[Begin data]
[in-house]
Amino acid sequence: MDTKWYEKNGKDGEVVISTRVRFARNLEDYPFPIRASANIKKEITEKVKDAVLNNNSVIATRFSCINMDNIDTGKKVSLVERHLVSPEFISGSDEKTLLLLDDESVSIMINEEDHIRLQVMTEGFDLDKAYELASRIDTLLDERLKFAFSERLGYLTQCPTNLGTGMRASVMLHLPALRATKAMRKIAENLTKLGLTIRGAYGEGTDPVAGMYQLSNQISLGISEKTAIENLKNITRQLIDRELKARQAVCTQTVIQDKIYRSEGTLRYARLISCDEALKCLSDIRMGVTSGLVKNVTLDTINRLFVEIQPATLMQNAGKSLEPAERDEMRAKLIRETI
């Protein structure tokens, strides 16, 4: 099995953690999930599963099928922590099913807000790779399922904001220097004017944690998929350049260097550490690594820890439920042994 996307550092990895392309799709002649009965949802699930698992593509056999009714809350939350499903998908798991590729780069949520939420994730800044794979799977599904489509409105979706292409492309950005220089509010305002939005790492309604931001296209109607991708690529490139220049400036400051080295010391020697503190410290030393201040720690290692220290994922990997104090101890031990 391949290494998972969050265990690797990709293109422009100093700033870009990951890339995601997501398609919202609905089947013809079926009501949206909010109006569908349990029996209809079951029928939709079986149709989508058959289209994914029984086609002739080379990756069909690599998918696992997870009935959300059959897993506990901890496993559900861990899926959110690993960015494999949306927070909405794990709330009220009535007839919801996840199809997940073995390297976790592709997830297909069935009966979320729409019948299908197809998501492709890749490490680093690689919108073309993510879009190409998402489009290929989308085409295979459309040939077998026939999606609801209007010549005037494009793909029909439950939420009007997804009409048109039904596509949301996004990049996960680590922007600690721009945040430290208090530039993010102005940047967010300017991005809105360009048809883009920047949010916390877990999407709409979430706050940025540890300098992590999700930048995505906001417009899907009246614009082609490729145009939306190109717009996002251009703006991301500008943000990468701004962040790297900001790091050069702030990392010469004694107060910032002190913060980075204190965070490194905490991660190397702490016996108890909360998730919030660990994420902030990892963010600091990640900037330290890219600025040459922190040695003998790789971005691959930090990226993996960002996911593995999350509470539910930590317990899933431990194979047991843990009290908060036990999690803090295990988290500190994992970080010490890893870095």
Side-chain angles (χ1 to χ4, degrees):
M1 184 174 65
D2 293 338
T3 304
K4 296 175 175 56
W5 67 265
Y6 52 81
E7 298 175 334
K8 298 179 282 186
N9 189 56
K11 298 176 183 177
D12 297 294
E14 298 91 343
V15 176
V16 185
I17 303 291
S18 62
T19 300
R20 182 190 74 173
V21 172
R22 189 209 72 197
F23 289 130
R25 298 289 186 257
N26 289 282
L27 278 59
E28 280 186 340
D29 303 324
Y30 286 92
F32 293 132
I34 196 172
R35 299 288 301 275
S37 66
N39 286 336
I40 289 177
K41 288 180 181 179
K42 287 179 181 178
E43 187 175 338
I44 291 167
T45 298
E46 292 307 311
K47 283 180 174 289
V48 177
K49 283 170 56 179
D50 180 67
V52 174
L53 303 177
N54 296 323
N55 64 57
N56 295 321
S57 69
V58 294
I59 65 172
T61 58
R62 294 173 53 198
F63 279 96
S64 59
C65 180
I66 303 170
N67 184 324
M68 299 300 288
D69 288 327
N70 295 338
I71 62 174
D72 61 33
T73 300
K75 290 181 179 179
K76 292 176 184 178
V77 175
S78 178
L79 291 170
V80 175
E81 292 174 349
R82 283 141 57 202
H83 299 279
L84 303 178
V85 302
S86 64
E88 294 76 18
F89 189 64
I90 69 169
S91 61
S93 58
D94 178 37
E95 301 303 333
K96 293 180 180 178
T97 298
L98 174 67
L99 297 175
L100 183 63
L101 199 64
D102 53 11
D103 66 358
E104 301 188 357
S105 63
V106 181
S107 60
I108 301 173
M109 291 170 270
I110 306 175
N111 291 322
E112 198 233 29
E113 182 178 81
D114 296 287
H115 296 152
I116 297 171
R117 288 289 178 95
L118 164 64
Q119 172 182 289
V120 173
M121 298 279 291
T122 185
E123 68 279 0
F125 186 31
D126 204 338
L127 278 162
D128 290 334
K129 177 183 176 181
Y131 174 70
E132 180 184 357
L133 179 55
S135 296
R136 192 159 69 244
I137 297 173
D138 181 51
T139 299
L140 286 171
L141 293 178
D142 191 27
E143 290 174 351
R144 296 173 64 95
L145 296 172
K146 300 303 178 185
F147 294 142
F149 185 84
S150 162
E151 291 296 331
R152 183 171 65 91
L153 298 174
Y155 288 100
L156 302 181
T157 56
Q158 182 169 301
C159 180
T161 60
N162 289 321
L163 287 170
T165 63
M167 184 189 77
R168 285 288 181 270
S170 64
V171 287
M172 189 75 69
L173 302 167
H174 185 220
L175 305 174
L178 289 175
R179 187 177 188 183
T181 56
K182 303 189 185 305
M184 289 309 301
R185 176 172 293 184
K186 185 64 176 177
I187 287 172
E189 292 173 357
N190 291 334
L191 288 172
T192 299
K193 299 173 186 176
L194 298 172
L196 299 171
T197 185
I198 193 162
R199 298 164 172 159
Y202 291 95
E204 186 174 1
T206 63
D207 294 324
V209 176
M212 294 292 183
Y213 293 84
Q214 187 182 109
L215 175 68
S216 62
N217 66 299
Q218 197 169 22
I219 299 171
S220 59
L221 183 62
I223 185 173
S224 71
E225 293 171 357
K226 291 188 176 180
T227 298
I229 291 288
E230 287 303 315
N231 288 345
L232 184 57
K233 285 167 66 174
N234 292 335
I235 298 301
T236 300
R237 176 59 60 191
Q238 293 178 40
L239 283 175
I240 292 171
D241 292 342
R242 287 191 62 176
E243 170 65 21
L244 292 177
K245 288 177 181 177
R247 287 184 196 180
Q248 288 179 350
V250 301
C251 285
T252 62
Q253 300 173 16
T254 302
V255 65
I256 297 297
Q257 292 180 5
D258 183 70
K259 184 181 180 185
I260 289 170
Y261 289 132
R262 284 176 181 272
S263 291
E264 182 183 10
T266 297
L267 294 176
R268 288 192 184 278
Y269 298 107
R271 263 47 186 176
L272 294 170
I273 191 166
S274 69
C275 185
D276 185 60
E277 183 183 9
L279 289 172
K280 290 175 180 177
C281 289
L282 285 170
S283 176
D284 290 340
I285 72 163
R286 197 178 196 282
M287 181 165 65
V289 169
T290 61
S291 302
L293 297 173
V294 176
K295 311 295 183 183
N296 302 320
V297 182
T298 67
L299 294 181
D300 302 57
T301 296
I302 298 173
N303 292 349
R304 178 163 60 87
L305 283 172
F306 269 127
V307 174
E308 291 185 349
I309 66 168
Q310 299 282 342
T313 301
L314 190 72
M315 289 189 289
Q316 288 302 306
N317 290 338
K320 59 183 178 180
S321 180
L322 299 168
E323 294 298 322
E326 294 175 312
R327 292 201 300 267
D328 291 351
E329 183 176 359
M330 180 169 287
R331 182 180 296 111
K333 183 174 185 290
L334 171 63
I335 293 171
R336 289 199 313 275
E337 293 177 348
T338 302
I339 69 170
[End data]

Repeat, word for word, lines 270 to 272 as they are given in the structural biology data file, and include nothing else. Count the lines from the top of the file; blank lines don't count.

I309 66 168
Q310 299 282 342
T313 301